April 16, 2013
In two separate requests, His Beatitude, Metropolitan Tikhon and His Eminence, Archbishop Nikon of Boston, New England and the Albanian Archdiocese, called upon Orthodox Christians everywhere to pray in the wake of the bombings that marred the Boston Marathon on Monday, April 15, 2013.
“Our sensibilities once again have been shocked as two bombs were detonated at the finish line of the Boston Marathon—usually a festive occasion for remembering the early heroes of the Revolutionary War,” said Archbishop Nikon. “Well over 100 were injured. Three individuals lost their lives—among them, an eight-year-old boy named Martin, who had just congratulated his father as he crossed the finish line. In the midst of this tragedy, let us pray for all who lost their lives or were injured; for the civil authorities, law officials, and medical teams who are selflessly giving of themselves to bring about healing and restore order; and for everyone affected by these senseless acts. May our Lord comfort them—and us—as we place our faith and hope in the God Who is Love Itself.”
The text of Metropolitan Tikhon’s pastoral letter appears below.
PASTORAL LETTER OF METROPOLITAN TIKHON
Concerning the Boston Marathon Bombing
My dear brothers and sisters in Christ,
Once again, our nation and the entire world have been filled with deep sorrow and shock following the violent bombings at the Boston Marathon on Monday, April 15, 2013. Grief fills our hearts over the loss of innocent lives, and we are paralyzed with helplessness in the face of this tragedy and the unimaginable injuries and pain endured by so many. In addition, our minds are clouded with uncertainty and with fear as we consider our own safety and that of our children and loved ones.
I ask the clergy and the faithful of the Orthodox Church in America to offer prayers for the souls of those who have lost their lives and for the healing of those who have been injured. Please pray as well for those brave police officers, firefighters, emergency responders and hospital workers who acted so quickly, and who continue to work to heal the injured and to secure of the safety of the inhabitants of Boston.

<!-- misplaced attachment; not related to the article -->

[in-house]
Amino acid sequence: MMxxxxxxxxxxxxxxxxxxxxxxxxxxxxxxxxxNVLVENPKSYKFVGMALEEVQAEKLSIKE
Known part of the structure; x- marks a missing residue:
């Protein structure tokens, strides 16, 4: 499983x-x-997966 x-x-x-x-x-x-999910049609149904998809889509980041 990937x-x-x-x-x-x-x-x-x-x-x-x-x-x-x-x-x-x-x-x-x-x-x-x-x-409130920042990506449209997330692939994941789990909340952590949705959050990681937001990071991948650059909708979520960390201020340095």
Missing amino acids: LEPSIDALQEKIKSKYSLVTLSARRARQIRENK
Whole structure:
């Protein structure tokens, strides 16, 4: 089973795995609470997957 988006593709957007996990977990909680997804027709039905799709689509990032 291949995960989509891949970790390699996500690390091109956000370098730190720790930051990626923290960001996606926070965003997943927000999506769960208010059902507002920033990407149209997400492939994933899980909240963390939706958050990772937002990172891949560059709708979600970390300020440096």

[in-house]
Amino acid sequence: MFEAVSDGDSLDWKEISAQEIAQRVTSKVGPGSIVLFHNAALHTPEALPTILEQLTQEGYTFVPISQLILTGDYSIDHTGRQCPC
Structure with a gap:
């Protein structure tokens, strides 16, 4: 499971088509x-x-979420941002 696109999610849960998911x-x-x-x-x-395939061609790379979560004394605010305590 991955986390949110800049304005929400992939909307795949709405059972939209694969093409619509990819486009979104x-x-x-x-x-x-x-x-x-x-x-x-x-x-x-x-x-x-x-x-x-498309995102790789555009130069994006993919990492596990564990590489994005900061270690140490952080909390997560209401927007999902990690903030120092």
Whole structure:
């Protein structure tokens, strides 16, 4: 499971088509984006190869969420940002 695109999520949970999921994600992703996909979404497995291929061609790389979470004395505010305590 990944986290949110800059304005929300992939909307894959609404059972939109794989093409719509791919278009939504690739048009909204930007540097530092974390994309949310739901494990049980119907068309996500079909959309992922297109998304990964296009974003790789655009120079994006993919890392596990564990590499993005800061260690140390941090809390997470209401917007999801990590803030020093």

During this season of Great Lent, in which we struggle not simply to follow a physical and ascetical discipline, but also to control our passions and quiet the swirling thoughts of our minds, I ask all of us to enter deep into prayer for the world and for all mankind. Let us not become confused, frightened or judgmental in light of this tragedy. Let us not analyze or debate the causes of this horrific violence. Rather, may we have pity on those who have become so enslaved to their passions that they bring harm to their fellow man.
I especially encourage all Orthodox Christians to place their trust in God, from Whom alone the blessings of peace and consolation come. Let none among us have any fear. But let us remember the promise of our Lord Jesus Christ in the Gospel so that, in Him, we may find peace. “In this world you will have trouble,” our Lord tells us. “But take heart! I have overcome the world” (John 16:33).
May the Lord have mercy on all of us.
Sincerely yours in Christ,
Archbishop of Washington
Metropolitan of All America and Canada